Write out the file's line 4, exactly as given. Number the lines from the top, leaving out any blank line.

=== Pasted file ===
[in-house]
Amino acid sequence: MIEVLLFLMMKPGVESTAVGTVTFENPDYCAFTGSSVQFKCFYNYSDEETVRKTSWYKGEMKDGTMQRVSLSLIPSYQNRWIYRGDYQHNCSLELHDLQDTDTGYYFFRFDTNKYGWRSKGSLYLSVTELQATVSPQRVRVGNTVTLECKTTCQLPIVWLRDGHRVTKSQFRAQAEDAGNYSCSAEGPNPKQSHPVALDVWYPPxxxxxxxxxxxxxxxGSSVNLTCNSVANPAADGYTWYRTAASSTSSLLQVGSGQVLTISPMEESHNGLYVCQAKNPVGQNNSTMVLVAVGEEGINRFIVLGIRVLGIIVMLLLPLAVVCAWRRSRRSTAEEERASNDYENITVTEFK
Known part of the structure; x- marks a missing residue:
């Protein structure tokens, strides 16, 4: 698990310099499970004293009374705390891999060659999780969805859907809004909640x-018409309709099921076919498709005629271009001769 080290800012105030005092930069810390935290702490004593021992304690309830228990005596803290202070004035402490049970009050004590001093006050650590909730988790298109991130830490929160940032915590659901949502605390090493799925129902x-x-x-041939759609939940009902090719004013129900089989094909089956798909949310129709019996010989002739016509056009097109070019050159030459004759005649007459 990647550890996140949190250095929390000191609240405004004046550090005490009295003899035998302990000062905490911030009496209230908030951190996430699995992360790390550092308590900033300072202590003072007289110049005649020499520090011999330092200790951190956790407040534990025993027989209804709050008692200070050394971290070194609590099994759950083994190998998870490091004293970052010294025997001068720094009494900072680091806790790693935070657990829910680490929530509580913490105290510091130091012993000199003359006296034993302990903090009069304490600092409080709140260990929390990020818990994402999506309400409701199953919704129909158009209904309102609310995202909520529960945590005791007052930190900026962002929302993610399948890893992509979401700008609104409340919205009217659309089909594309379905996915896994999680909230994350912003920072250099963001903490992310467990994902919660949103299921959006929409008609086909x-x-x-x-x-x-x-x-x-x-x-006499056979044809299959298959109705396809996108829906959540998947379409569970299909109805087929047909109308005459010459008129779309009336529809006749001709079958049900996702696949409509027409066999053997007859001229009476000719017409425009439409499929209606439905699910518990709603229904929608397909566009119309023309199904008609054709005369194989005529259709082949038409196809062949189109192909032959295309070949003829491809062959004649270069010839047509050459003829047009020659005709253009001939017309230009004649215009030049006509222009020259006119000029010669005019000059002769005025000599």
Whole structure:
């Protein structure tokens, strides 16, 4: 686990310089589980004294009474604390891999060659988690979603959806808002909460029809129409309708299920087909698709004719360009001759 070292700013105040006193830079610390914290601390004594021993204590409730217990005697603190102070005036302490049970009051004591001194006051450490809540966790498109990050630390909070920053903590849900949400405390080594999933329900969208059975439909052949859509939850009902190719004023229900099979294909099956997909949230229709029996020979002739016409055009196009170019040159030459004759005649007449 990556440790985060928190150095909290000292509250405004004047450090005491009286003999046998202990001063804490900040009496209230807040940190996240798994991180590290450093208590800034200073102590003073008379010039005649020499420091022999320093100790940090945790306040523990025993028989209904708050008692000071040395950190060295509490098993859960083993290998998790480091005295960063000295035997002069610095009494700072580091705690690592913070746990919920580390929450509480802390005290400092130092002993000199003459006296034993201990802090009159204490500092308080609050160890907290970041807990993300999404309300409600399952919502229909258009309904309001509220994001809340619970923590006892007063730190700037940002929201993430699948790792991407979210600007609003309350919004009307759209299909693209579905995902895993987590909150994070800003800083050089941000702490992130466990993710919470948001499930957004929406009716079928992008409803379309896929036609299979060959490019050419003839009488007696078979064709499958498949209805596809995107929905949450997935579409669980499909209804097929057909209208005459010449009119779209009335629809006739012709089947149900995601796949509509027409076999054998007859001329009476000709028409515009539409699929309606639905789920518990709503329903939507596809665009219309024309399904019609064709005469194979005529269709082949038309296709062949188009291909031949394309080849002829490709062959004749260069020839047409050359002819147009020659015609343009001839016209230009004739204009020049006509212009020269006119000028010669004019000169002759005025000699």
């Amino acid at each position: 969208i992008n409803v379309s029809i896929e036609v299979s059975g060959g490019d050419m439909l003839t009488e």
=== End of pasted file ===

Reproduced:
């Protein structure tokens, strides 16, 4: 698990310099499970004293009374705390891999060659999780969805859907809004909640x-018409309709099921076919498709005629271009001769 080290800012105030005092930069810390935290702490004593021992304690309830228990005596803290202070004035402490049970009050004590001093006050650590909730988790298109991130830490929160940032915590659901949502605390090493799925129902x-x-x-041939759609939940009902090719004013129900089989094909089956798909949310129709019996010989002739016509056009097109070019050159030459004759005649007459 990647550890996140949190250095929390000191609240405004004046550090005490009295003899035998302990000062905490911030009496209230908030951190996430699995992360790390550092308590900033300072202590003072007289110049005649020499520090011999330092200790951190956790407040534990025993027989209804709050008692200070050394971290070194609590099994759950083994190998998870490091004293970052010294025997001068720094009494900072680091806790790693935070657990829910680490929530509580913490105290510091130091012993000199003359006296034993302990903090009069304490600092409080709140260990929390990020818990994402999506309400409701199953919704129909158009209904309102609310995202909520529960945590005791007052930190900026962002929302993610399948890893992509979401700008609104409340919205009217659309089909594309379905996915896994999680909230994350912003920072250099963001903490992310467990994902919660949103299921959006929409008609086909x-x-x-x-x-x-x-x-x-x-x-006499056979044809299959298959109705396809996108829906959540998947379409569970299909109805087929047909109308005459010459008129779309009336529809006749001709079958049900996702696949409509027409066999053997007859001229009476000719017409425009439409499929209606439905699910518990709603229904929608397909566009119309023309199904008609054709005369194989005529259709082949038409196809062949189109192909032959295309070949003829491809062959004649270069010839047509050459003829047009020659005709253009001939017309230009004649215009030049006509222009020259006119000029010669005019000059002769005025000599």